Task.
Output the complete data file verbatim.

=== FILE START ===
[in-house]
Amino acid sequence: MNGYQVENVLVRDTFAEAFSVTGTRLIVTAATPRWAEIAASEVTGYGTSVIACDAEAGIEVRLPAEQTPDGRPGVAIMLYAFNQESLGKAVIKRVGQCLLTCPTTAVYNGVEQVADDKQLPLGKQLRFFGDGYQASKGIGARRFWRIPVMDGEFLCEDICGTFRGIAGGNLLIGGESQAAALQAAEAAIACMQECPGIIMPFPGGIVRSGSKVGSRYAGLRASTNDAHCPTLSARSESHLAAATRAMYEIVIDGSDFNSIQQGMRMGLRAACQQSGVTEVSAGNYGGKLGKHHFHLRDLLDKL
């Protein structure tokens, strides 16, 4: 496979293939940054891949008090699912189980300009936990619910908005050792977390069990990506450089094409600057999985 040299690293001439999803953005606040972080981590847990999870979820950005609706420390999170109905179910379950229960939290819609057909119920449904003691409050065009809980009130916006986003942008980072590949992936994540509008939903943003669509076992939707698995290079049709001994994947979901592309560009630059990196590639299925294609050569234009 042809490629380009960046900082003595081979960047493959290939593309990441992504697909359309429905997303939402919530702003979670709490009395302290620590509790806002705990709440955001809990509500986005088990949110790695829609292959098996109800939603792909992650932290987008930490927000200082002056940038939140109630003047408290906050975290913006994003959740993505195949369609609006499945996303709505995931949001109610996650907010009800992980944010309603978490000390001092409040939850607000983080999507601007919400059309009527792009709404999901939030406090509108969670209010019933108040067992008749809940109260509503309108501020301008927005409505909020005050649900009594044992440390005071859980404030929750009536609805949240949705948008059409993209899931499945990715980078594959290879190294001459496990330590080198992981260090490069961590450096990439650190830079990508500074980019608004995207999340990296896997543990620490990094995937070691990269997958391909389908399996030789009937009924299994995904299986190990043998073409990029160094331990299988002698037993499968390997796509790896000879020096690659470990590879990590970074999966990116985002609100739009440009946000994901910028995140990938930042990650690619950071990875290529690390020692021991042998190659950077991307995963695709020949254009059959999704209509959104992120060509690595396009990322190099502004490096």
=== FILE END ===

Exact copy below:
[in-house]
Amino acid sequence: MNGYQVENVLVRDTFAEAFSVTGTRLIVTAATPRWAEIAASEVTGYGTSVIACDAEAGIEVRLPAEQTPDGRPGVAIMLYAFNQESLGKAVIKRVGQCLLTCPTTAVYNGVEQVADDKQLPLGKQLRFFGDGYQASKGIGARRFWRIPVMDGEFLCEDICGTFRGIAGGNLLIGGESQAAALQAAEAAIACMQECPGIIMPFPGGIVRSGSKVGSRYAGLRASTNDAHCPTLSARSESHLAAATRAMYEIVIDGSDFNSIQQGMRMGLRAACQQSGVTEVSAGNYGGKLGKHHFHLRDLLDKL
């Protein structure tokens, strides 16, 4: 496979293939940054891949008090699912189980300009936990619910908005050792977390069990990506450089094409600057999985 040299690293001439999803953005606040972080981590847990999870979820950005609706420390999170109905179910379950229960939290819609057909119920449904003691409050065009809980009130916006986003942008980072590949992936994540509008939903943003669509076992939707698995290079049709001994994947979901592309560009630059990196590639299925294609050569234009 042809490629380009960046900082003595081979960047493959290939593309990441992504697909359309429905997303939402919530702003979670709490009395302290620590509790806002705990709440955001809990509500986005088990949110790695829609292959098996109800939603792909992650932290987008930490927000200082002056940038939140109630003047408290906050975290913006994003959740993505195949369609609006499945996303709505995931949001109610996650907010009800992980944010309603978490000390001092409040939850607000983080999507601007919400059309009527792009709404999901939030406090509108969670209010019933108040067992008749809940109260509503309108501020301008927005409505909020005050649900009594044992440390005071859980404030929750009536609805949240949705948008059409993209899931499945990715980078594959290879190294001459496990330590080198992981260090490069961590450096990439650190830079990508500074980019608004995207999340990296896997543990620490990094995937070691990269997958391909389908399996030789009937009924299994995904299986190990043998073409990029160094331990299988002698037993499968390997796509790896000879020096690659470990590879990590970074999966990116985002609100739009440009946000994901910028995140990938930042990650690619950071990875290529690390020692021991042998190659950077991307995963695709020949254009059959999704209509959104992120060509690595396009990322190099502004490096």